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During the COVID-19 pandemic, USAID and its partner Agrofrontera has helped secure food for Dominican communities in the Northern Region.
Juan Valerio and Nilda Bueno, two community members from Dominican Republic, have a couple of things in common: they live in Judea Nueva, an isolated town 40 minutes away from the city of Montecristi, in the northwest side of the island; they are both community leaders; and their lives were changed by the COVID-19 pandemic.
Juan is a community leader and member of the social assistance committee of the community of Judea Nueva. Although necessary for health and safety, the inconveniences of the curfew imposed by the Dominican government did affect him and his community. “The COVID-19 pandemic has affected us because we have a lot of restrictions. We cannot go out and don’t have access to anything. That also affects our economy because we cannot work (for longer hours).” For Nilda, “the curfew was very limiting, and it’s hard because where I live there are people that don’t have enough money or jobs to have (a certain) food security. There was fear. Food was getting scarce.”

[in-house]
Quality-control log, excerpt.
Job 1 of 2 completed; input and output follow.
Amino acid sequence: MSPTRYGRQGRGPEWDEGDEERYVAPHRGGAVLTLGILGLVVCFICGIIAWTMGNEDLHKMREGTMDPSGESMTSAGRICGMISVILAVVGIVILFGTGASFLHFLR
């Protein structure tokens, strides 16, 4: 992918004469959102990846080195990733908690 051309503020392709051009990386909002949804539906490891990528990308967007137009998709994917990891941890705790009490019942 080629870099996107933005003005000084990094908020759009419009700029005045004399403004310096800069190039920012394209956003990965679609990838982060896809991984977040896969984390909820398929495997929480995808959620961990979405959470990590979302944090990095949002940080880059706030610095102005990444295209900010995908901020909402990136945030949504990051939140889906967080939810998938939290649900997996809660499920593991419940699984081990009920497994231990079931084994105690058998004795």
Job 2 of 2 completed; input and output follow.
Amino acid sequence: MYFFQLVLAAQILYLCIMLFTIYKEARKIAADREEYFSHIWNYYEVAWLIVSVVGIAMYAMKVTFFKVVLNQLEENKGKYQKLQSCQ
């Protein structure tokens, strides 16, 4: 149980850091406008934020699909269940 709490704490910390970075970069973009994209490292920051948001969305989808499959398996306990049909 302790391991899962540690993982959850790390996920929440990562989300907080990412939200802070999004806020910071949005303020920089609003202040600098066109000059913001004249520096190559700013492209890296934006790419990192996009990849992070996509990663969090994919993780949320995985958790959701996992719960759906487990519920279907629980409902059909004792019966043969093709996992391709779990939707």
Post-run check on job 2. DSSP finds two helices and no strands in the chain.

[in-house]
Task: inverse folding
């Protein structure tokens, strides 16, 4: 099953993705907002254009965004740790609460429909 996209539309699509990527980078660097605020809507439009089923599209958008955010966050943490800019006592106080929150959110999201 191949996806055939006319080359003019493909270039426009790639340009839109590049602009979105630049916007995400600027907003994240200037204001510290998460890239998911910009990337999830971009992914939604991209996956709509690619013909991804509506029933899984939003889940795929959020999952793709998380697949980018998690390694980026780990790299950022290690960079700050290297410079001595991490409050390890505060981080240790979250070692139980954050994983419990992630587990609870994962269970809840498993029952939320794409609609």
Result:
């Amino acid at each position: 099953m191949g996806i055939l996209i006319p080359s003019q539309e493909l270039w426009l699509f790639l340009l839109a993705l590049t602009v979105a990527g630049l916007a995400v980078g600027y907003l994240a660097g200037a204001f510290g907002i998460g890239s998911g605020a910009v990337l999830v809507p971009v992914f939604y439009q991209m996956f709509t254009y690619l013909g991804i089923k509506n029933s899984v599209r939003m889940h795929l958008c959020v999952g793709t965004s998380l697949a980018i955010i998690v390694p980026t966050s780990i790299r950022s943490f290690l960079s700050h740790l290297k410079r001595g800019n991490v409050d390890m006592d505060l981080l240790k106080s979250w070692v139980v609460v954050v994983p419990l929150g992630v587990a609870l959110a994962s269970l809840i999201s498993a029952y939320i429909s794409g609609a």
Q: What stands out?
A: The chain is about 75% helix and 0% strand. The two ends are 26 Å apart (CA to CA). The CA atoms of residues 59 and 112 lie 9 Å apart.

Here is where USAID and its partner Agrofrontera enter the story. Both have been working in seven communities in the Montecristi area, providing food aid relief packages to 700 vulnerable groups and families over the last three (3) months.
Juan, got involved with the program through getting in contact with Agrofrontera. “They requested a list of the people who were in great need of assistance. We thought that the Lord sent it to us when we needed it the most, and when we didn’t have anything left to do. This was the first friendly hand that arrived in the region”, he says.